Chance encounters can lead to puzzling consequences. For example, there was the time when I ran a singing workshop based on sharing African songs. Perhaps because of the location of the event, it attracted a wide variety of folks with a diverse range of interests. One friend of mine (who is now of blessed memory) lived around the corner from the venue, so he turned up to support me and participate in the event. Another acquaintance came with different motives – he was aiming to build his repertoire of songs that could be used in his education work.
These two individuals met each other at my workshop. My friend was highly experienced at running workshops himself – in fact, he was a pioneering facilitator of African theatre in education in London, so it was understandable that he and the acquaintance from elsewhere would have shared interests.
One thing led to another and even though I wasn’t involved in the sequence of events that followed, I was still held to account for them. I can only speculate that my friend (who was a generous spirit) invited the acquaintance to visit his family home, around the corner from the venue where the workshop took place.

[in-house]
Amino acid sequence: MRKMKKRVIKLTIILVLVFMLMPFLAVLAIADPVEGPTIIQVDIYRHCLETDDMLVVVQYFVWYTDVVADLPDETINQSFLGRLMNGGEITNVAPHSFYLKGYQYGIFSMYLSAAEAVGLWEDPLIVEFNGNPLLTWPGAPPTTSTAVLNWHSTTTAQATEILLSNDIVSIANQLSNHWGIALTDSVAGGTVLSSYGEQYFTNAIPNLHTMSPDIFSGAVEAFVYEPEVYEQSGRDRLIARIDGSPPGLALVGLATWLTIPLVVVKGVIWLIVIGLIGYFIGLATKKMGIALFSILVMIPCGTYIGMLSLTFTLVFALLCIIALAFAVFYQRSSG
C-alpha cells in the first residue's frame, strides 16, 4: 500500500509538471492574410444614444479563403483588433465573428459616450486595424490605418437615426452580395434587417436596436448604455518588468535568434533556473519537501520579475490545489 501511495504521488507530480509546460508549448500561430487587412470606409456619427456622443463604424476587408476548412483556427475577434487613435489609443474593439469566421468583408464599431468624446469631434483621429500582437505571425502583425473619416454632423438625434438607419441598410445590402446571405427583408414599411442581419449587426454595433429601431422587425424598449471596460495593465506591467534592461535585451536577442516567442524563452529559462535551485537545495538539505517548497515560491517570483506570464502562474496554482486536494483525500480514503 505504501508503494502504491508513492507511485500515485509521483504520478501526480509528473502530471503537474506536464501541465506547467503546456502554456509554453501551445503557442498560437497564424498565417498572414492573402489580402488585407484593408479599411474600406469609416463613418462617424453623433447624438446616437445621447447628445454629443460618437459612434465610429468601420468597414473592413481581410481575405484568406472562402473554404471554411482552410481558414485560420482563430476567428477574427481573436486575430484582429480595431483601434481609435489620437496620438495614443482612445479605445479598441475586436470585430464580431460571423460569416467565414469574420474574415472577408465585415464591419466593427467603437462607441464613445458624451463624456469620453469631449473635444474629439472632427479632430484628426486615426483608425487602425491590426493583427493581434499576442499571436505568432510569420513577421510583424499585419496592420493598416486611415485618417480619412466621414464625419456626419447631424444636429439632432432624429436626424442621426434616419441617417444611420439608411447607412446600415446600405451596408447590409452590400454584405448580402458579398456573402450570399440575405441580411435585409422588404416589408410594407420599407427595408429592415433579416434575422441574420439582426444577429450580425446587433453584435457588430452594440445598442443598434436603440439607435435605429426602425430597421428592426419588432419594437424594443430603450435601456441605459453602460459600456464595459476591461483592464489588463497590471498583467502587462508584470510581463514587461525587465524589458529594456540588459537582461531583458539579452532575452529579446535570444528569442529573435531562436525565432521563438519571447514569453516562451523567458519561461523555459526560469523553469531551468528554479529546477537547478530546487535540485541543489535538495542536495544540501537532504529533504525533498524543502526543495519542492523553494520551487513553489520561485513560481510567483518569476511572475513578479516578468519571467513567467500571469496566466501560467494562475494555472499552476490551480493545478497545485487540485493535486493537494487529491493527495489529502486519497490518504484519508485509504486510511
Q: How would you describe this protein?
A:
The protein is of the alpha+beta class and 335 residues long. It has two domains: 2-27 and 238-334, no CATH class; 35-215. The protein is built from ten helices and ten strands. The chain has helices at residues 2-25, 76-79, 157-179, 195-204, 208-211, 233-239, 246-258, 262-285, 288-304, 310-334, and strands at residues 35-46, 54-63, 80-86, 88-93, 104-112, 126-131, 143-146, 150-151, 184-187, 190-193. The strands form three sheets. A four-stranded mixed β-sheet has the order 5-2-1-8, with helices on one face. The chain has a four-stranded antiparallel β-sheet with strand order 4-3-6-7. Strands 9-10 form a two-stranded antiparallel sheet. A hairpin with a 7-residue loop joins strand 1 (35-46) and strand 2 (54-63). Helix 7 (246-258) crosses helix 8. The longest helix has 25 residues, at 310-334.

The acquaintance must have seen an attractive board game in my friend’s apartment – this game is known to Yorubas as “Ayo”. I have also heard it described as “Owari” by other Africans. Apparently he asked if he could borrow the set and my friend agreed to lend it to him.
After that, my dear friend contacted me on several occasions, asking me to get in touch with the acquaintance, who had somehow forgotten to return the set to him. The acquaintance had left the country and said nothing about the whereabouts of this board game, which belonged to my friend’s wife. The set’s disappearance had become a flash point in an ongoing marital dispute. I was asked to put pressure on the acquaintance to return something he borrowed. I’m not sure if the matter was ever resolved.